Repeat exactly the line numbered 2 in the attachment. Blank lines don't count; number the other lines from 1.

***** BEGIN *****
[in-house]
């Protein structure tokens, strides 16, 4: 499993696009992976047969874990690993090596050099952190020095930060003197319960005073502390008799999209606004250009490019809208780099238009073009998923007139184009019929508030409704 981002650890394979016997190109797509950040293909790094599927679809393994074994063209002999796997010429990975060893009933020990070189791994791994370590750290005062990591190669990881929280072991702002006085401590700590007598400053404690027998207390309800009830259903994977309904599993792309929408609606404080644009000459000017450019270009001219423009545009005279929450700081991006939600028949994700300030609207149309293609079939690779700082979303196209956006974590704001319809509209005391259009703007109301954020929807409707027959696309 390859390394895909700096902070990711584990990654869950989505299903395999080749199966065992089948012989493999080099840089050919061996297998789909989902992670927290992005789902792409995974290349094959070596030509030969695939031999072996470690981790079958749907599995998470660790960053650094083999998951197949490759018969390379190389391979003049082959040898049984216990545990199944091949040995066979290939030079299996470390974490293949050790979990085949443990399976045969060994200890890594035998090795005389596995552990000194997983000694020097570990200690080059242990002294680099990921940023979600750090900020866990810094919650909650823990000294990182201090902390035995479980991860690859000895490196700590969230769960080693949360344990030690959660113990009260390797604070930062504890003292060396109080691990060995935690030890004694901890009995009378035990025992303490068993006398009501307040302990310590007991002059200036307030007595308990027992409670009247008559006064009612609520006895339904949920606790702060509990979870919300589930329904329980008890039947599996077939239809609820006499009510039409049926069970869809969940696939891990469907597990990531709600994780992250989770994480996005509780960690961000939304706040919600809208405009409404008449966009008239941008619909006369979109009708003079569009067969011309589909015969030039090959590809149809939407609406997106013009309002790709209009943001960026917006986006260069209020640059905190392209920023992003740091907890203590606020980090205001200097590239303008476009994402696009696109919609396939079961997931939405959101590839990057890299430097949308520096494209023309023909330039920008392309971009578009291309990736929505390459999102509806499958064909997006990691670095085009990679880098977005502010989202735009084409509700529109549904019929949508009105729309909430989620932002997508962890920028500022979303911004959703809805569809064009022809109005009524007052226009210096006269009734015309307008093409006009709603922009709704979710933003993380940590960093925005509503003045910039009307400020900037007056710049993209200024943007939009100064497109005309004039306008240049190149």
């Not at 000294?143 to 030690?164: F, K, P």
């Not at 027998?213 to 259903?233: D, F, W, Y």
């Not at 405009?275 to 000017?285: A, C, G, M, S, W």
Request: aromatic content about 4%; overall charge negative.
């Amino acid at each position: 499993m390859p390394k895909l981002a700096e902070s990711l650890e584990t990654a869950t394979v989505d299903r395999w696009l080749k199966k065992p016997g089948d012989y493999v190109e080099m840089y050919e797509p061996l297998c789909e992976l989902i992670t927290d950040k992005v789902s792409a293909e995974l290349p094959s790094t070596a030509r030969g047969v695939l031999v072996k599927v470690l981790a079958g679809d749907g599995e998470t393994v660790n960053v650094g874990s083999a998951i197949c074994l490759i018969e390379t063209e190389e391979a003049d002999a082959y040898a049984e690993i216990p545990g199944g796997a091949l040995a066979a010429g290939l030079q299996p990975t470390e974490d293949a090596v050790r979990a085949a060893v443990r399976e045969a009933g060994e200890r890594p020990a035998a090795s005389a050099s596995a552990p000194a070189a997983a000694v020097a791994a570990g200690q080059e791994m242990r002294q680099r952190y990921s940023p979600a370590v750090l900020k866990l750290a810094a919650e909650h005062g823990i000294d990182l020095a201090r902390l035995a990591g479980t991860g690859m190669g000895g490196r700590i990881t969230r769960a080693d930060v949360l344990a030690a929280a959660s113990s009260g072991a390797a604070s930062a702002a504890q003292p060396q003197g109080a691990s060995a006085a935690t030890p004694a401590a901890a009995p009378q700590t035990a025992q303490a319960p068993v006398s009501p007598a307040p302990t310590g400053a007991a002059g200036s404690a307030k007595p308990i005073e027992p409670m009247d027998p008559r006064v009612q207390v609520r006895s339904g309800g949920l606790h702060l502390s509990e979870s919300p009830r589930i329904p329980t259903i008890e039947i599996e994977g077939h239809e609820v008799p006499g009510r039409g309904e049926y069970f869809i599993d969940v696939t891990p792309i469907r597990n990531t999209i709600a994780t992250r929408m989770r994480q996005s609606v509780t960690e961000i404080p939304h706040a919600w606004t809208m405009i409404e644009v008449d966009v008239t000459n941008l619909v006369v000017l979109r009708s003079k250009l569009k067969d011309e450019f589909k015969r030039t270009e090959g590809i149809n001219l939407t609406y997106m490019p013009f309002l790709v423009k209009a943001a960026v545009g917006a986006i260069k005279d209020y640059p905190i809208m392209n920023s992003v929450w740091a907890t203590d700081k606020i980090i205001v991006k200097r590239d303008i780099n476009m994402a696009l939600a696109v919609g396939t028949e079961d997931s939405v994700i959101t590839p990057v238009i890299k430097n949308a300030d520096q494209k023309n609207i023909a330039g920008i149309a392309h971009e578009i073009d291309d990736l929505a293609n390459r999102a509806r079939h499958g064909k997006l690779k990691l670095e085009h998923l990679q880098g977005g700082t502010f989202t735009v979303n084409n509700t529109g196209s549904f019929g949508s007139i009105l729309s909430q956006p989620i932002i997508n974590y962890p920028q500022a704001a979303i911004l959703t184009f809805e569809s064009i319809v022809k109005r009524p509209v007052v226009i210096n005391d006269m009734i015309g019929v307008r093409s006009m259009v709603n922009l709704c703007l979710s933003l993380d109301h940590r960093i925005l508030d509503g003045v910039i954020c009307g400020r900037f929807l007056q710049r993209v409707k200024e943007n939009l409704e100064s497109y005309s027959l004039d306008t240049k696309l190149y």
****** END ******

């Protein structure tokens, strides 16, 4: 499993696009992976047969874990690993090596050099952190020095930060003197319960005073502390008799999209606004250009490019809208780099238009073009998923007139184009019929508030409704 981002650890394979016997190109797509950040293909790094599927679809393994074994063209002999796997010429990975060893009933020990070189791994791994370590750290005062990591190669990881929280072991702002006085401590700590007598400053404690027998207390309800009830259903994977309904599993792309929408609606404080644009000459000017450019270009001219423009545009005279929450700081991006939600028949994700300030609207149309293609079939690779700082979303196209956006974590704001319809509209005391259009703007109301954020929807409707027959696309 390859390394895909700096902070990711584990990654869950989505299903395999080749199966065992089948012989493999080099840089050919061996297998789909989902992670927290992005789902792409995974290349094959070596030509030969695939031999072996470690981790079958749907599995998470660790960053650094083999998951197949490759018969390379190389391979003049082959040898049984216990545990199944091949040995066979290939030079299996470390974490293949050790979990085949443990399976045969060994200890890594035998090795005389596995552990000194997983000694020097570990200690080059242990002294680099990921940023979600750090900020866990810094919650909650823990000294990182201090902390035995479980991860690859000895490196700590969230769960080693949360344990030690959660113990009260390797604070930062504890003292060396109080691990060995935690030890004694901890009995009378035990025992303490068993006398009501307040302990310590007991002059200036307030007595308990027992409670009247008559006064009612609520006895339904949920606790702060509990979870919300589930329904329980008890039947599996077939239809609820006499009510039409049926069970869809969940696939891990469907597990990531709600994780992250989770994480996005509780960690961000939304706040919600809208405009409404008449966009008239941008619909006369979109009708003079569009067969011309589909015969030039090959590809149809939407609406997106013009309002790709209009943001960026917006986006260069209020640059905190392209920023992003740091907890203590606020980090205001200097590239303008476009994402696009696109919609396939079961997931939405959101590839990057890299430097949308520096494209023309023909330039920008392309971009578009291309990736929505390459999102509806499958064909997006990691670095085009990679880098977005502010989202735009084409509700529109549904019929949508009105729309909430989620932002997508962890920028500022979303911004959703809805569809064009022809109005009524007052226009210096006269009734015309307008093409006009709603922009709704979710933003993380940590960093925005509503003045910039009307400020900037007056710049993209200024943007939009100064497109005309004039306008240049190149």